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    1. You’re right about looking at the picture books. I’d love to see the take artists have on this.

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  4. Thank you so much for the fascinating article! It makes me glad that I haven't distorted my imagery of these stories by watching the Disney versions and also makes me curious about whether picture books do a better job with this! I love the shout out to the role of spinning in history and culture, too. I have thought about weaving like this, but never, for some reason, spinning. Great piece!

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    1. I’ve been attracted to spinning. It seems meditative.

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    2. It is, very much so. I believe Gandhi said that everyone should spin every day. It's not only meditative in its repetitive movement, but is very grounding - the wool I have on my wheel at the moment comes from sheep just up the road from me, from a friend's farm.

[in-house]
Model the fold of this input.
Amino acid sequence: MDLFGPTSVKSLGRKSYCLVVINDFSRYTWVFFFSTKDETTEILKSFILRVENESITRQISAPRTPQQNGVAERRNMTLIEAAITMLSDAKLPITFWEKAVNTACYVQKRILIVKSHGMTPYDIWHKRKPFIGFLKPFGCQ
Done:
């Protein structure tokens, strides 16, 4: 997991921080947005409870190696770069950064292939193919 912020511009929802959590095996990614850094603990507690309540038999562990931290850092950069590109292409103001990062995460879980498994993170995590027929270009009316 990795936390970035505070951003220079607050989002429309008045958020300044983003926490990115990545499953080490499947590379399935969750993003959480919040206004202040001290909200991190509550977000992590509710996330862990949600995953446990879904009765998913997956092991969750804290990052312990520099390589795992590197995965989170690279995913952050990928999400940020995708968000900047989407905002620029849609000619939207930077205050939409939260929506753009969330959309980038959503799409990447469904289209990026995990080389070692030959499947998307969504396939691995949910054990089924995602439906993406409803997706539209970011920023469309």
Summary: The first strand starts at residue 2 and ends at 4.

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  5. I guess it just goes to show, the book is always better than the film...Thanks for a delightful post!

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  6. An alternative idea is that there are spinning wheels with pointy spindles: great wheels, with a spindle handily sticking out for impalements of all kinds!
    See for example here: https://www.youtube.com/watch?v=YQpgKvbj_bQ

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    1. Never thought of that. I wonder what the author would say?

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    2. Yes, absolutely! Great wheels have quill spindles, as I mentioned above (here's the one I could get to replace the flyer assembly on my Ashford Traditional: https://www.ashford.co.nz/flyers/quill-spindle). If I ever saw a fairy tale film with Sleeping Beauty pricking herself on the quill spindle of a great wheel, I'd stand up and cheer!